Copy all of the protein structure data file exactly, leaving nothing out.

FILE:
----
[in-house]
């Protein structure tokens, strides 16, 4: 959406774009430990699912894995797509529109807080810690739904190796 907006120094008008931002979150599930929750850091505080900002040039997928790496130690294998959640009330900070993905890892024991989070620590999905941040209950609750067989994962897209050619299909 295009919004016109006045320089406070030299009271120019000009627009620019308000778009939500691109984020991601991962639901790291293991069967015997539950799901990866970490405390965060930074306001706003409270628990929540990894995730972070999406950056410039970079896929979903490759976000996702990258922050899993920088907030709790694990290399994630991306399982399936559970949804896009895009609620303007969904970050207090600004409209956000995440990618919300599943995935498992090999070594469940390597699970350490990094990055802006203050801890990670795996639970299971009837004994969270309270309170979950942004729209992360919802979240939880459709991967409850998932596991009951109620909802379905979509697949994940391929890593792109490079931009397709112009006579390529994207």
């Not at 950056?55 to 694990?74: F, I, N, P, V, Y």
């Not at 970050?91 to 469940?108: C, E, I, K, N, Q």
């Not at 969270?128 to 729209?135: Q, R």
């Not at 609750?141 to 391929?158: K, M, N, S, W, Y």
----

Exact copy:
[in-house]
């Protein structure tokens, strides 16, 4: 959406774009430990699912894995797509529109807080810690739904190796 907006120094008008931002979150599930929750850091505080900002040039997928790496130690294998959640009330900070993905890892024991989070620590999905941040209950609750067989994962897209050619299909 295009919004016109006045320089406070030299009271120019000009627009620019308000778009939500691109984020991601991962639901790291293991069967015997539950799901990866970490405390965060930074306001706003409270628990929540990894995730972070999406950056410039970079896929979903490759976000996702990258922050899993920088907030709790694990290399994630991306399982399936559970949804896009895009609620303007969904970050207090600004409209956000995440990618919300599943995935498992090999070594469940390597699970350490990094990055802006203050801890990670795996639970299971009837004994969270309270309170979950942004729209992360919802979240939880459709991967409850998932596991009951109620909802379905979509697949994940391929890593792109490079931009397709112009006579390529994207």
């Not at 950056?55 to 694990?74: F, I, N, P, V, Y």
């Not at 970050?91 to 469940?108: C, E, I, K, N, Q």
């Not at 969270?128 to 729209?135: Q, R």
């Not at 609750?141 to 391929?158: K, M, N, S, W, Y």